To a question on shortage of medical oxygen in the country during the second wave, Union Minister Bharati Pravin Pawar said supply of medical oxygen to hospitals is determined by contractual arrangements between the hospital concerned and the supplier.
The demand for medical oxygen in the country peaked to nearly 9,000 MT in the second Covid wave as compared to the peak requirement of 3,095 MT during the first wave, Lok Sabha was informed on Friday.
To a question on shortage of medical oxygen in the country during the second wave of the coronavirus pandemic, Union Minister Bharati Pravin Pawar said supply of medical oxygen to hospitals is determined by contractual arrangements between the hospital concerned and the supplier.
“However, due to an unprecedented surge in demand of medical oxygen across the country during the second wave of COVID-19 — the demand in the country peaked to nearly 9,000 MT (metric tonnes) as compared to the peak requirement of 3,095 MT during the first wave,” she said in a written reply.
It was in this context that the central government stepped in and took all possible measures to increase production and to facilitate equitable distribution to states, the minister of state for health said.
The daily liquid medical oxygen (LMO) production, which was about 5,700 MT a day in August last year, was increased to a high of 9,690 MT as on May 13, Pawar said.
On May 28, the central government was able to allocate 10,250 MT to states, the minister said.
She said that as an urgent measure, a total of 1,385 MT of LMO in several consignments was imported from the UAE, Bahrain, Kuwait, Qatar, Singapore, among others, and was made available to states and union territories (UTs), Pawar said.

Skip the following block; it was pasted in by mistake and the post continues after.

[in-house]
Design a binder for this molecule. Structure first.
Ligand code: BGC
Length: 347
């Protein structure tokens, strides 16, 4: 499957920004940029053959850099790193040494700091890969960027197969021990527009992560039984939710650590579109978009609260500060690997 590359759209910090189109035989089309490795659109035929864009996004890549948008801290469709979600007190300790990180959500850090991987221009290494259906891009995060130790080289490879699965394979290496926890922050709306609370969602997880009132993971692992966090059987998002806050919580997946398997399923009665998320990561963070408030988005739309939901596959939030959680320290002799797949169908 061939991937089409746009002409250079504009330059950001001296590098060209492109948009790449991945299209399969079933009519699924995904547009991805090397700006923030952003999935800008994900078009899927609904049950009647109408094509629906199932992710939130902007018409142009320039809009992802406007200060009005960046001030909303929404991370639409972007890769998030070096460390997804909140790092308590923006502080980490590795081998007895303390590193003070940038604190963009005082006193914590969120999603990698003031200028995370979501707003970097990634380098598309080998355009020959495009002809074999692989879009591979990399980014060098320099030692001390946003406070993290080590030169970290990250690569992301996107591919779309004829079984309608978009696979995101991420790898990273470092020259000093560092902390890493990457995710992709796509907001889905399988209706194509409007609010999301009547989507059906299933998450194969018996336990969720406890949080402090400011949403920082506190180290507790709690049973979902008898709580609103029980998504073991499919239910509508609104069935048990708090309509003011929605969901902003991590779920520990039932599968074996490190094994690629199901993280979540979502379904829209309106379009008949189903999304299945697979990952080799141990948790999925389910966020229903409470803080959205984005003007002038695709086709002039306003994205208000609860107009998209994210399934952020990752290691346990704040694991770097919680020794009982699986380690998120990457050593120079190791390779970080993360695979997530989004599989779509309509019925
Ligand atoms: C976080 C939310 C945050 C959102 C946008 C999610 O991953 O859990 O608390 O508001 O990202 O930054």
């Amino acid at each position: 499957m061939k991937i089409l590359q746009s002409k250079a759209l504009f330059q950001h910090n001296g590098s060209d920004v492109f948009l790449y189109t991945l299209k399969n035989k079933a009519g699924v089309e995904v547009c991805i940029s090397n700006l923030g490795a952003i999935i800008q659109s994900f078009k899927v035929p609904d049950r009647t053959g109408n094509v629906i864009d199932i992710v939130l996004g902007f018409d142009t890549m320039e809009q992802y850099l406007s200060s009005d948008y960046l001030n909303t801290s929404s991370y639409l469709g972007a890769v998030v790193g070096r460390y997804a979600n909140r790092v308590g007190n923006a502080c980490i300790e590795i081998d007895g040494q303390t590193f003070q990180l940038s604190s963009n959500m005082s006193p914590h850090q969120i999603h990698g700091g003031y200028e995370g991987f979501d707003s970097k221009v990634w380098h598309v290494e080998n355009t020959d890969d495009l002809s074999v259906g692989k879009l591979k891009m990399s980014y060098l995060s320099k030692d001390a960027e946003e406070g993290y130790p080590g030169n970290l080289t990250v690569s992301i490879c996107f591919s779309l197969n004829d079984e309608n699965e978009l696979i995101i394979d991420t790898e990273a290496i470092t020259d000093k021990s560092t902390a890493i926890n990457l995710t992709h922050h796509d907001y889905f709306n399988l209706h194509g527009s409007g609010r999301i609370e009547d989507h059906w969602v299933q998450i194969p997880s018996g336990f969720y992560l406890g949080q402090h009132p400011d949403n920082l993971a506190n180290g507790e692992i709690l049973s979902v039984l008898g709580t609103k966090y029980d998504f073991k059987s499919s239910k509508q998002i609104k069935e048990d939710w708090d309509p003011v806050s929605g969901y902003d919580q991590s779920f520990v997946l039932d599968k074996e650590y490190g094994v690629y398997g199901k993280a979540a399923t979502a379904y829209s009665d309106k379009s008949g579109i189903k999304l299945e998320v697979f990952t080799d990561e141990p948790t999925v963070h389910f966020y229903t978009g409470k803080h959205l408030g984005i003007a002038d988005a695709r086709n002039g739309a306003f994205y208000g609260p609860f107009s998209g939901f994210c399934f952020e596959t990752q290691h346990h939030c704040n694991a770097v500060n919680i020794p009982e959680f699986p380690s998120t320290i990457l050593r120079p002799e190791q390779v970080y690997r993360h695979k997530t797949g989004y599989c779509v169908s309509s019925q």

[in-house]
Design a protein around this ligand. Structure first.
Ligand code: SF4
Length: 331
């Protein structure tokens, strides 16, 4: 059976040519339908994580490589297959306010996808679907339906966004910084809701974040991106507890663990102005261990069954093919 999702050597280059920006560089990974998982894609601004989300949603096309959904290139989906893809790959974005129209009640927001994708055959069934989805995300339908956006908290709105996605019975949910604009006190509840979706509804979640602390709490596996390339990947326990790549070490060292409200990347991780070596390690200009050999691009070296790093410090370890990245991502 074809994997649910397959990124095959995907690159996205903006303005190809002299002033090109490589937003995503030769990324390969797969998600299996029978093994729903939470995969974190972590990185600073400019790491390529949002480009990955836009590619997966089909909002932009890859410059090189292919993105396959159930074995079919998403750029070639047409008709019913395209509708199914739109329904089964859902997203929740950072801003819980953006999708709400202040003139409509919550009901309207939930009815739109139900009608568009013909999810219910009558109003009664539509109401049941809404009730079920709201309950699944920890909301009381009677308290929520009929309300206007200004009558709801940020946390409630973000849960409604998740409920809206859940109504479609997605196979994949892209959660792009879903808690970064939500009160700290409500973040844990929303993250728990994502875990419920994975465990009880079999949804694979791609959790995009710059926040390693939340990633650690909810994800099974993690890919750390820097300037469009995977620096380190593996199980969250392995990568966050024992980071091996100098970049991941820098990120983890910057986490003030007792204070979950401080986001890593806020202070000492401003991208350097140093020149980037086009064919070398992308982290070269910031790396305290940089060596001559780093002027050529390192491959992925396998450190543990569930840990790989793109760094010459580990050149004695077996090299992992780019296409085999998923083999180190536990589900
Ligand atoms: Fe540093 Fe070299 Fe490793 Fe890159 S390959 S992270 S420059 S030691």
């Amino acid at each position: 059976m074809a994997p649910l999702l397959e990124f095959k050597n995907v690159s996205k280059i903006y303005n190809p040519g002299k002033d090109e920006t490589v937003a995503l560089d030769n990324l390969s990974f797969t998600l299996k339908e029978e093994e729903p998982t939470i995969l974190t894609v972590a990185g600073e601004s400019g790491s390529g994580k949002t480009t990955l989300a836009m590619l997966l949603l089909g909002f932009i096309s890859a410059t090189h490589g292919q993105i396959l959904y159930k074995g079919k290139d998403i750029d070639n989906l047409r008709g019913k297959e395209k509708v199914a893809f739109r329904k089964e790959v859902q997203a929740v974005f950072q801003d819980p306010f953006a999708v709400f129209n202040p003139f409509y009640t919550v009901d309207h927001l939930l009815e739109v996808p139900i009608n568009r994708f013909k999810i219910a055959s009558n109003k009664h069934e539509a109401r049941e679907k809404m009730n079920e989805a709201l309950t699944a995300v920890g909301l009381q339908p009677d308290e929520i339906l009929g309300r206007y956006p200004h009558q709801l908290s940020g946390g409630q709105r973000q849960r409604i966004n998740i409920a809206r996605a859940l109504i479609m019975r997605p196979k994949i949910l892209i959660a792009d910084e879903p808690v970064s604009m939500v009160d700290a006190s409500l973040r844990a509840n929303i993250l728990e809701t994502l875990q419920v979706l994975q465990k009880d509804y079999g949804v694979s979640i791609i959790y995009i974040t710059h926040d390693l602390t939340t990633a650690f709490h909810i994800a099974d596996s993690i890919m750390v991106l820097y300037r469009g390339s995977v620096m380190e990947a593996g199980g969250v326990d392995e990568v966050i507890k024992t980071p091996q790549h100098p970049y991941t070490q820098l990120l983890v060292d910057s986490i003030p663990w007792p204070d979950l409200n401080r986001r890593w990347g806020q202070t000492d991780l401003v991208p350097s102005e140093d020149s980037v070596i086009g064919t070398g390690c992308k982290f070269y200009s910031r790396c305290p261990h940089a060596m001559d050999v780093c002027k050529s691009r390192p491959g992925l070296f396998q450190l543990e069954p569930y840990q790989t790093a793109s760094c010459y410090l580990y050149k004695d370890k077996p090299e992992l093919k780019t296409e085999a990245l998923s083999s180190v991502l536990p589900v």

Oxygen Express services of the Indian Railways delivered 35,500 MT of LMO, as on June 30, while the Indian Air Force conducted 1,630 domestic sorties and 229 international sorties to airlift tankers, the minister said.
Besides, 1,222 Pressure Swing Adsorption (PSA) oxygen generation plants with capacity of 1771.76 MT have been sanctioned, she said.
Out of these, as on July 20, 245 plants have been commissioned. Apart from this, 351 PSA plants are being installed by different ministries in different public health facilities, Pawar said.
The National Medical Commission has amended regulations to make a PSA plant compulsory for every medical college. States have also been asked to install oxygen generation plants in all requisite public health facilities and also facilitate their installation in private health facilities, she said.
Pawar said according to data uploaded by states on the portal concerned, states are setting up 1,023 PSA plants with their own funds.
She said that as of July 15, 1,244 LMO tankers are available in the country. Out of which, 225 tankers were added after March 2020, the minister said.
During 2019-20, Rs 1,113.21 crore was released to states and UTs under the National Health Mission towards management and containment of COVID-19 pandemic, according to the reply.
In addition, the COVID-19 Emergency Response and Health System Preparedness package of Rs 15,000 crore was approved in April last year. Under this package, so far Rs 13,719.22 crore has been spent.
She said that Rs 8,147.29 crore have been released to states and UTs and supply of essential materials — to the tune of Rs 3,389.7 crore — such as PPEs, N95 masks, ventilators, etc has been made to states and UTs.
The minister said that an additional package ‘India COVID-19 Emergency Response and Health System Preparedness Package: Phase II’ of Rs. 23,123 crore has been approved by the government in July to strengthen district and sub-district capacity for an effective and rapid response to the pandemic.